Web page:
Green Bay Packers at Minnesota Vikings
Although variance in a single game needs to be accounted for, this game may go a long way to help us understand the value of home field in 2020 without fans. The Vikings have the best home field advantage in the NFL. They built their new stadium in 2016 to have a noise-refracting roof to bounce sound back onto the field. Since moving into their new stadium, they are 24-9 SU and 21-9-3 ATS (70%). Without that crowd noise, this team’s home field may be hurt more than most.
If home field is minimized, based on our expectations of these two teams (both right around 8-9 wins and both having close odds to win the division) the original 3.5 point line was too high. While the Packers didn’t do themselves many favors for this Week 1 game in the draft, what they also didn’t do was get notably worse. They have nine returning starters on both offense and defense. They have the same play caller and the same defensive coordinator.
On the other hand, the Vikings had massive turnover, including their best offensive player and only return half of their starting defense. They also have new offensive and defensive coordinators. The 2020 Vikings passing game is likely to digress without WR Stefon Diggs. The Vikings completely overhauled their defense, allowing most of their starting secondary to walk, as well as multiple players along the defensive line. Gone are Linval Joseph (Chargers) and Everson Griffen (Cowboys) from the line and all three starting corners: Xavier Rhodes (Colts), Trae Waynes (Bengals), and Mackensie Alexander (Bengals).
When a team can run the ball successfully on the road, it makes life easier on the QB. Last season, Aaron Jones delivered games against Zimmer’s defense of:
• 116 yards, 5.0 YPC, 65% success, 1 TD
• 154 yards, 6.7 YPC, 48% success, 2 TDs
On early downs in the first three quarters in both games, Jones gained 5.3 YPC with a 65% success rate on 34 rushes. And when Jamaal Williams toted the rock, he recorded a 75% success rate at 4.9 YPC. And this was when the Vikings actually had a defensive line. I anticipate the Packers will be able to run the ball on the depleted D-line of the Vikings.
Over the course of the season, we’ll discuss line movement and line value. I got involved on this game over a week ago, grabbing the Packers +3.5. I absolutely do not recommend them at +2.5. There are few instances you would want to buy points, but moving an underdog from +2.5 to +3 is that time. That said, the Packers make for a perfect teaser leg at that number to move through the key numbers of 3 and 7.
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Tampa Bay Buccaneers at New Orleans Saints
In what is sure to have the largest handle of the games prior to Sunday Night Football, we finally get to see what Tom Brady looks like in the Bucs offense. But the most interesting angle here is to discuss how an otherwise great coach always appears to behind the ball when it comes to getting his team prepared for the season.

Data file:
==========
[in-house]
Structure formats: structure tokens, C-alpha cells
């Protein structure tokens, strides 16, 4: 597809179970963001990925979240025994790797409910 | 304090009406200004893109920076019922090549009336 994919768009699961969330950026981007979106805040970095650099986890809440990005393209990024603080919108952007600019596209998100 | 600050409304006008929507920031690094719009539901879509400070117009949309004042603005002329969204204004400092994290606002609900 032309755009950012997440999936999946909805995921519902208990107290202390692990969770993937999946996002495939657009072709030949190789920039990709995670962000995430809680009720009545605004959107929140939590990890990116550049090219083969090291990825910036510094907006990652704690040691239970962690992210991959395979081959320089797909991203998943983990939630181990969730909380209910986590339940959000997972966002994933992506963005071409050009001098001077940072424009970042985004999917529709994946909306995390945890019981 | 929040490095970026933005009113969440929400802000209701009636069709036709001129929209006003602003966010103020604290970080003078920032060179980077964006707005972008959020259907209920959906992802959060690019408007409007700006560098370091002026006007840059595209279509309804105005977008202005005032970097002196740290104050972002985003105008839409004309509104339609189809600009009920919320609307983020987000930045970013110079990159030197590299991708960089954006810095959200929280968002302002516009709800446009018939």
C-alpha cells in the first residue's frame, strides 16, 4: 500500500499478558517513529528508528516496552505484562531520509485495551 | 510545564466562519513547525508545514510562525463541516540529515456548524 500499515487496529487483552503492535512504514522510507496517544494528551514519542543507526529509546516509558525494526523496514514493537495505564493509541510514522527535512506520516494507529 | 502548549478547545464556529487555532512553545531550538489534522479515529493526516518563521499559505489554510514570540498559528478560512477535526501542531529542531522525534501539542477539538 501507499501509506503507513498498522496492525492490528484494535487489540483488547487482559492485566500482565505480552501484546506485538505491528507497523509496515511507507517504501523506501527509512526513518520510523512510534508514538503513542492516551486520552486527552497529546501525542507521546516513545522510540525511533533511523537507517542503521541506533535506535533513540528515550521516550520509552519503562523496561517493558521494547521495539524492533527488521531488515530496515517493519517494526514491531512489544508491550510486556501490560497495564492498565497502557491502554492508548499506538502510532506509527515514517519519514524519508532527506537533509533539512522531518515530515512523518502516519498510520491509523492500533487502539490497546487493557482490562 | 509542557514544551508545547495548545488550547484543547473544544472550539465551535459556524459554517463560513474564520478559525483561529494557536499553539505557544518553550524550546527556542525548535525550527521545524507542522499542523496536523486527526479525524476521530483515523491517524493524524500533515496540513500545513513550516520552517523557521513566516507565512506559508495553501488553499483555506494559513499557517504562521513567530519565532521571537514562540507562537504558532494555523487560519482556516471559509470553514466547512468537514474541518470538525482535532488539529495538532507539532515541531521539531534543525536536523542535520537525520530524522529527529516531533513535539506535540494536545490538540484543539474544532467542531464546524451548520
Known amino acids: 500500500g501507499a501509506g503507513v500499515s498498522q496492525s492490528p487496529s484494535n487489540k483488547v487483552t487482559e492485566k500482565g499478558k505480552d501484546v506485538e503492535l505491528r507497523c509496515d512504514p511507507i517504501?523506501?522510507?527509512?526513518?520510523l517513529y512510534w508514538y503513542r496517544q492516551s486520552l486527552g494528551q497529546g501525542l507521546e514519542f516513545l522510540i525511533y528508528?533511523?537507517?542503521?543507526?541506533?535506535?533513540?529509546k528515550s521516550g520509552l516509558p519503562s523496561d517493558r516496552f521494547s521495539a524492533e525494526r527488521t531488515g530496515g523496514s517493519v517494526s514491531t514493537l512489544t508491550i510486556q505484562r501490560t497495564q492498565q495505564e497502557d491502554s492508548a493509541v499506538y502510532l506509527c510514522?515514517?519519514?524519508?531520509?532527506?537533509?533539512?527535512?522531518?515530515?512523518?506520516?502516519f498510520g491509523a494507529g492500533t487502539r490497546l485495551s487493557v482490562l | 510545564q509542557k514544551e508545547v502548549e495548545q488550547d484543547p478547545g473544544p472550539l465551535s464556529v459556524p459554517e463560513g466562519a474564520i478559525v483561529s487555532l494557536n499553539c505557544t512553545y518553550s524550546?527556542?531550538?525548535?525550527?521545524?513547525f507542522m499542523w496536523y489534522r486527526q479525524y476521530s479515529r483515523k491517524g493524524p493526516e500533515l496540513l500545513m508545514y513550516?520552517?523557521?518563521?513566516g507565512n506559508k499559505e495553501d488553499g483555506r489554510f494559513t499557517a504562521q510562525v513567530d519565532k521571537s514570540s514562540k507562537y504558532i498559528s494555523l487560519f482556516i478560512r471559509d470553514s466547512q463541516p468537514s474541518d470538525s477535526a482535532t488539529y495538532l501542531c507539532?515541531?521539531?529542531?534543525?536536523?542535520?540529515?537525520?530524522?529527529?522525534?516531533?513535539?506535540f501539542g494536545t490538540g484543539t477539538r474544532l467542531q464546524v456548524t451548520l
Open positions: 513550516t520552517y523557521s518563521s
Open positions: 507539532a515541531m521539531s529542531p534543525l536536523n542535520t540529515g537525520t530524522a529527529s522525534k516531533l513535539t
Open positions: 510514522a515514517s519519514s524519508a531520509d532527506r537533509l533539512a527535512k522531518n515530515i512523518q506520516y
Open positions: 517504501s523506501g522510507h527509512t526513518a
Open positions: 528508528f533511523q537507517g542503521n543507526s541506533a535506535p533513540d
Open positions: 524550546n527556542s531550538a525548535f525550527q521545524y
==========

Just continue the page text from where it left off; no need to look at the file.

Since 2014, the Saints are 2-10 SU and 1-11 ATS the first two weeks of the season. The last time they covered a game was 2016 week 2 in New York against the Giants.
This type of consistent underperformance out the gates is troubling. Especially when you consider since 2018, while they went 2-1 with Brees as a full-game starter in these games (at home in every single one of these games), they needed to average 16 fourth quarter points just to get back into these games. On average, they trailed entering the fourth quarter by a score of 25-15. Their need to turn it on late and rally has led to many of these games going over the total.
Also confounding this game’s result is the fact that Tampa Bay turned the ball over on a league-high 22% of their drives last season, 10% above average and highest rate since 2006. When a team turns the ball over, they generally allow for shorter fields, opponent points, and then puts more pressure on the offense to score more. The end result is more points scored in games with more turnovers.
The last 10 seasons, let’s examine the result of totals based on total turnovers combined:
· 0-1 turnovers: 45% overs
· 2-4 turnovers: 50% overs
· 5+ turnovers: 56% overs
In 2019, the Saints had the fewest turnovers (eight) in league history. Turning the ball over on 4.4% of their possessions. And if Brady’s Bucs turn the ball over significantly less in 2020 than they did in 2019, this game’s scoring could look different than it did in previous Bucs/Saints matchups, which have gone over in 4 of the last 5 years.
Editor's Note: For Sharp's breakdowns of the rest of the Sunday slate, don't miss this article!